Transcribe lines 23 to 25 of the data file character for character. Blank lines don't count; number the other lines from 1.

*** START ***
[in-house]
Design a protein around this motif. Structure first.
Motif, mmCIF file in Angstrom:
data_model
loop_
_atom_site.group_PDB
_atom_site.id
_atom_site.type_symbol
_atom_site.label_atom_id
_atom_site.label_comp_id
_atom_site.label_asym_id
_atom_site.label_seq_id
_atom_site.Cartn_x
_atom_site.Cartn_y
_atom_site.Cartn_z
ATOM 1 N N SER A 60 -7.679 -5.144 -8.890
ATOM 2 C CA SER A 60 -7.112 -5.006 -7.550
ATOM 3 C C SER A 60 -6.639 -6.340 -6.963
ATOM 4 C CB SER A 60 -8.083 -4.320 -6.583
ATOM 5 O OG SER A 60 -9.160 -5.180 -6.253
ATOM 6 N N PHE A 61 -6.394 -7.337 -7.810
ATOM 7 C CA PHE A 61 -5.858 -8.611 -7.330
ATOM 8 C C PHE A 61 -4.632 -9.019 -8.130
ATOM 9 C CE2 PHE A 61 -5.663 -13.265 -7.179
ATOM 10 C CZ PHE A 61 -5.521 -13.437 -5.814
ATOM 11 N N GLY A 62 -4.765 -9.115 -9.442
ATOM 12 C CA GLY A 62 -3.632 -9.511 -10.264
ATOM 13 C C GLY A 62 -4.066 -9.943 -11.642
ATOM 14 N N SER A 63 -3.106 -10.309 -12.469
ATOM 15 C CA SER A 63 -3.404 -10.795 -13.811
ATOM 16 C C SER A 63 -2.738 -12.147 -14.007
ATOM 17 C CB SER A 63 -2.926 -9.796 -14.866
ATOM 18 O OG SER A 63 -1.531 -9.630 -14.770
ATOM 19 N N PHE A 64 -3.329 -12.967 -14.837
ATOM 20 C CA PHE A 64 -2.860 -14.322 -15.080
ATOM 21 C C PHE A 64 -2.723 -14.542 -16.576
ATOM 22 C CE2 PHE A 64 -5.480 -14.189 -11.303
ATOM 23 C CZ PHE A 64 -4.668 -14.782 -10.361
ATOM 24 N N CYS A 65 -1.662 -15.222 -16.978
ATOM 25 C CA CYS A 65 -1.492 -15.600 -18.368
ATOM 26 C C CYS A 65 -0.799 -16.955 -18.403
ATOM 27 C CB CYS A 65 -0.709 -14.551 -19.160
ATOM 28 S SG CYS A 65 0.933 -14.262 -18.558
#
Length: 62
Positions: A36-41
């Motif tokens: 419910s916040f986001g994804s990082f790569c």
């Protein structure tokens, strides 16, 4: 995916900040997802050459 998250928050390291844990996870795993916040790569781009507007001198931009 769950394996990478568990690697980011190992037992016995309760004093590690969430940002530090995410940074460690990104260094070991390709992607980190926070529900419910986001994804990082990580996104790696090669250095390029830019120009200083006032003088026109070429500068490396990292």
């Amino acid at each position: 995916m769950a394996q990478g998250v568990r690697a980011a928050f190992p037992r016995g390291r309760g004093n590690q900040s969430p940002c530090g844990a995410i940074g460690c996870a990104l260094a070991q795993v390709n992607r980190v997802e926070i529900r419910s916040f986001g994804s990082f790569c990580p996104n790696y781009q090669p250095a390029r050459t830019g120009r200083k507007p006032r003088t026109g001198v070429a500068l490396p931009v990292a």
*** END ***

ATOM 8 C C PHE A 61 -4.632 -9.019 -8.130
ATOM 9 C CE2 PHE A 61 -5.663 -13.265 -7.179
ATOM 10 C CZ PHE A 61 -5.521 -13.437 -5.814